Remote Debugging with IDA from Windows to Linux

Sometimes it happens, in my case, in CTF challenge - the day when you received an ELF binary but your host machine is Windows and your IDA+license is already installed on your host. One option is to install a free version of IDA on a virtual Linux machine but there is another option that sounds in the beginning complex, but actually it is not.

This option called “Remote Debugging”, the ability to debug a process from your host while it runs on a “remote” machine or in my case, virtual machine.

The scenario: We need to debug 32-bit ELF binary from our Windows host while it will run on a 64-bit Ubuntu virtual remote machine.

Note: This post will help you in other scenarios (32/64 bit binary and 32/64 bit target machine).

TL;DR

  1. [Windows] Load the 32-bit ELF binary to IDA (for 32-bit!)

Load ELF binary to IDA

The first thing to do, is to start IDA (for 32-bit) on our host machine (Windows) and load the ELF file:

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Load new file window

Load Remote debugger on IDA

We will select the remote debugger on IDA by clicking on Debugger->Select debugger...:

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We will choose the “Remote Linux debugger”:

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Setup the remote debugger on IDA

We need to set up the debugger settings, go to Debugger->Process options...:

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Debugger menu, choosing “Process options…”

You will need to fill the full path of the ELF file in the Application and Input file fields, the directory path in the Directory path field and the IP address of the machine in the Hostname field.

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The parameters field is in case you need to run the program with some parameters.

Setup support for x86 on Ubuntu x64 (optional)

This is a special case when your ELF binary is 32-bit and Ubuntu is 64-bit.

In this case, you will need to add support for 32-bit on Ubuntu, otherwise, if you plan to run 64-bit binary on 64-bit platform, you can skip this stage.

In my case I used this link to learn how to do it and run the following commands:

sudo dpkg --add-architecture i386
sudo apt-get update
sudo apt-get install libc6:i386 libncurses5:i386 libstdc++6:i386

Check that you can the 32-bit ELF file on Ubuntu 64-bit and continue.

Run IDA server on the target (Ubuntu) machine

IDA has server programs to connect its IDE, in our case, the path is C:\Program Files (x86)\IDA 6.95\dbgsrv and we will choose the server that fits the binary 32-bit file: linux_server (32-bit server)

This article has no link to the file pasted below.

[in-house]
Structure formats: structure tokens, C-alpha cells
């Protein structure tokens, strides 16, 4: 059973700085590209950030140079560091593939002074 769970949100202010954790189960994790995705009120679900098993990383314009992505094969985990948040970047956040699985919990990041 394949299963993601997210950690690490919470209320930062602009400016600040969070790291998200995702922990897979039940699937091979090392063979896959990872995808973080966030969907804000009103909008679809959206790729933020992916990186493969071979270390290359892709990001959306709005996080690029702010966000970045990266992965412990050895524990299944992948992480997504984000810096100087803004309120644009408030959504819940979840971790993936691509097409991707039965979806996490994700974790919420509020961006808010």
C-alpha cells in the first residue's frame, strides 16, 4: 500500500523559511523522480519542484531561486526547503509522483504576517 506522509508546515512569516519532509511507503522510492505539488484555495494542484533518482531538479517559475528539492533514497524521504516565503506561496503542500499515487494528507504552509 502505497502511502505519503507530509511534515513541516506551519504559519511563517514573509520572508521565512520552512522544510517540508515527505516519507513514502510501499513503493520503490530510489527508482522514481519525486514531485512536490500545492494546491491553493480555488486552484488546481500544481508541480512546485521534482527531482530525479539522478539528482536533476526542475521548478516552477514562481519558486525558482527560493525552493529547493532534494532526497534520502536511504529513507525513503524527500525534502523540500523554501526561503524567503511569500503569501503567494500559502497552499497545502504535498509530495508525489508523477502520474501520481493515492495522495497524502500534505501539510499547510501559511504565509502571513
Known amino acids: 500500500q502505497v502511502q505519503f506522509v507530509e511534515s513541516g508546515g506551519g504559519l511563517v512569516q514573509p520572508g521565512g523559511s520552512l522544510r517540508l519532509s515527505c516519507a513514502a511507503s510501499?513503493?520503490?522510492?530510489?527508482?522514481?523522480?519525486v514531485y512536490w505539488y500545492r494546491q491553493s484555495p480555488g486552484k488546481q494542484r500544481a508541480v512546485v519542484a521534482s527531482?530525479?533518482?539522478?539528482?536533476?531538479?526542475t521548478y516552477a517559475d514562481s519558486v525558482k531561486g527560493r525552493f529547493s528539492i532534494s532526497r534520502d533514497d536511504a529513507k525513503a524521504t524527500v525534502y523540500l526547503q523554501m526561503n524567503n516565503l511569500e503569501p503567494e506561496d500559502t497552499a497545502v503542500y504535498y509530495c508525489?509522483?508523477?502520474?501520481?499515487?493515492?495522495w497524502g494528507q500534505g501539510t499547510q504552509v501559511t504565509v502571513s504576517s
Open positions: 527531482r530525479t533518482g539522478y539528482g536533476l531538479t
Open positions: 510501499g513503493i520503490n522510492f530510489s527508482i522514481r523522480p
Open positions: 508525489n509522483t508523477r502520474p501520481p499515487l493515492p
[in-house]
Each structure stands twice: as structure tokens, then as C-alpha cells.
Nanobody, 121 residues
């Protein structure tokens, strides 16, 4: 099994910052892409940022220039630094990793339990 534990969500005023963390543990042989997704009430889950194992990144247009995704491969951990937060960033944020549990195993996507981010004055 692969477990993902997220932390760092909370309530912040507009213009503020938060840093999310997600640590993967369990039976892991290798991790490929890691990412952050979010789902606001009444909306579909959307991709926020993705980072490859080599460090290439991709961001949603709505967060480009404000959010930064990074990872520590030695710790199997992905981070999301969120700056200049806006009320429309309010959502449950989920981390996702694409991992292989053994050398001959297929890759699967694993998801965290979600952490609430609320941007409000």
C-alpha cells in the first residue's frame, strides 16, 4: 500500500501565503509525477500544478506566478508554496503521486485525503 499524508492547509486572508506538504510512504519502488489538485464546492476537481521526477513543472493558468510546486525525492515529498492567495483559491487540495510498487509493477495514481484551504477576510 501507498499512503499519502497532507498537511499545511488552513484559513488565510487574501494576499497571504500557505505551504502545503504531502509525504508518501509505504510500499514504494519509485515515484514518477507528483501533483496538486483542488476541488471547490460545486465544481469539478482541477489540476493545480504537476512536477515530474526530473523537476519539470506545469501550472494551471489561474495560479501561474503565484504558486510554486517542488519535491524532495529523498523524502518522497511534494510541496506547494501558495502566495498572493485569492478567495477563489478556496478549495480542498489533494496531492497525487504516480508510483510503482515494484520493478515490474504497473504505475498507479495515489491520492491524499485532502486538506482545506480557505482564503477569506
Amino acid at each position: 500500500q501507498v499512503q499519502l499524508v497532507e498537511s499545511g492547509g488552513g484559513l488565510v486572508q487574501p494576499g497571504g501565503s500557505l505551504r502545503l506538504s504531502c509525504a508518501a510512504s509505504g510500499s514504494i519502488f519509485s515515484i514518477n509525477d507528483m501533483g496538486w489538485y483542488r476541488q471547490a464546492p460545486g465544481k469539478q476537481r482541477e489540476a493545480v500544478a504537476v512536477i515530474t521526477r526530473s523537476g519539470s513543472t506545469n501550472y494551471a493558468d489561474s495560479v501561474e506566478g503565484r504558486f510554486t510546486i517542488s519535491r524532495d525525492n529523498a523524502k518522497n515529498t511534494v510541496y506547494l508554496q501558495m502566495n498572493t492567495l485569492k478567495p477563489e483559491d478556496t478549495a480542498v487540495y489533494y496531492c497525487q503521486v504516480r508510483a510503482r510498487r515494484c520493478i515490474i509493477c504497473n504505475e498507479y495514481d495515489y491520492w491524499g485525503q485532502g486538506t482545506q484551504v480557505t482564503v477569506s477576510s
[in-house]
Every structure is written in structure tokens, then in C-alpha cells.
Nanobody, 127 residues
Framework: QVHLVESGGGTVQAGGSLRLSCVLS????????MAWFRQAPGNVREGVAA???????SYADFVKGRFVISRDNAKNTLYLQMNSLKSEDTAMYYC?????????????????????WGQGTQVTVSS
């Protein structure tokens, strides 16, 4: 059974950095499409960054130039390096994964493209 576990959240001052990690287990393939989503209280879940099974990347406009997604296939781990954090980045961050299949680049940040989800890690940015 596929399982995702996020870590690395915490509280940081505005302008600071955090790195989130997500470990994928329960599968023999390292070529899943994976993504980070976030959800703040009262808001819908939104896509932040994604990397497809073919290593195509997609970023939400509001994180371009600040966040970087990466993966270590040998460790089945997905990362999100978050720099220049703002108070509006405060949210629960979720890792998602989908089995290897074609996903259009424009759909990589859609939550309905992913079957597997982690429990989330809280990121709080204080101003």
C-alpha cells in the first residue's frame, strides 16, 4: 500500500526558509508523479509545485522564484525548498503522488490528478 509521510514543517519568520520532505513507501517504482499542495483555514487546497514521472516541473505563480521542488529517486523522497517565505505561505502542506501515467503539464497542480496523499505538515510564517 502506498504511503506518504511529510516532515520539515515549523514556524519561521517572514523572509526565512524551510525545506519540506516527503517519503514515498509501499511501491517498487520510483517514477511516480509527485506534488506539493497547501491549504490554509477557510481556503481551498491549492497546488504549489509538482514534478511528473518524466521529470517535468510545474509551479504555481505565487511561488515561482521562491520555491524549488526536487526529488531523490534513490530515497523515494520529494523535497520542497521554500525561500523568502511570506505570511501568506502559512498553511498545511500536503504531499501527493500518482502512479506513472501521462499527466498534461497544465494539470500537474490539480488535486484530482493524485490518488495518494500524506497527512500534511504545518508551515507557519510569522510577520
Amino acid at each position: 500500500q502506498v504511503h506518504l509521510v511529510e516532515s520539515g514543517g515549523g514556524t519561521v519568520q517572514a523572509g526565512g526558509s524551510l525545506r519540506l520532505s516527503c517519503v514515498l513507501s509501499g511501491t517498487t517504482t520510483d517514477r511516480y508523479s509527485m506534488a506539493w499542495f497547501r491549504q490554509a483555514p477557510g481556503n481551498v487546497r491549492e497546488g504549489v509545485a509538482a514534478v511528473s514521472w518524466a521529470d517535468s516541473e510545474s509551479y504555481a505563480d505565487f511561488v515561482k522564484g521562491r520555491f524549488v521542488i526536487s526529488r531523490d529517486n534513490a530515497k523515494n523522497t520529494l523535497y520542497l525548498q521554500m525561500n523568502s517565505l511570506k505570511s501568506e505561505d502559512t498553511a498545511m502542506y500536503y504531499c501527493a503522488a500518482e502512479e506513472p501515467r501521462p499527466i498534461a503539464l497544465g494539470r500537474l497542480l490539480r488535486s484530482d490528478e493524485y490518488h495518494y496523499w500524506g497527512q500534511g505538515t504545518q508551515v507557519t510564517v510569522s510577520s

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This is important, if you have 32-bit file, you need the IDA server to support the same architecture - 32-bit.

We will copy this file to the Ubuntu machine and run it.

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It is now listening…

Debug!

Now, all we need to do is to start the debugger:

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Debugger menu, choosing “Start process”

We will get a warning:

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Press “Yes” and it will run, check the status from the server:

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Put breakpoints in a place you want to stop it from running and run it again:

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Troubleshoot Common Problems

1. Architecture issue — “Incompatible debugging server”

If you get this error:

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Following by this one:

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You probably chose the wrong version of the server: if the binary you want to debug is x86 file, you need x86 IDA server and for x64 file, you need x64 IDA server.

2. The Server is not running — ”The file can’t be loaded by the debugger plugin”

If you get only this error:

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Your server is probably not running.

3. Running IDA 64-bit while the IDA server is 32-bit — “failed to reset program counter to…”

In such a case, if you put a breakpoint inside the program you will see an error like: “failed to reset program counter to…”

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Or error like “IDA error: got SIGSEGV signal (Segmentation violation)”

Make sure the IDE and the server have the same architecture.

Summary

Remote debugging with IDA is not complex, it is a great feature to use when you already have your IDA installed on the host with all your plugins. I used it number of times to solve CTF challenges. This post should help you to setup it in any scenario when you have Windows machine as host and Linux as a remote machine. Enjoy :)

Written by

Security researcher interested in reversing, solving CTFs, malware analysis, penetration testing and DevOps security (docker and Kubernetes)

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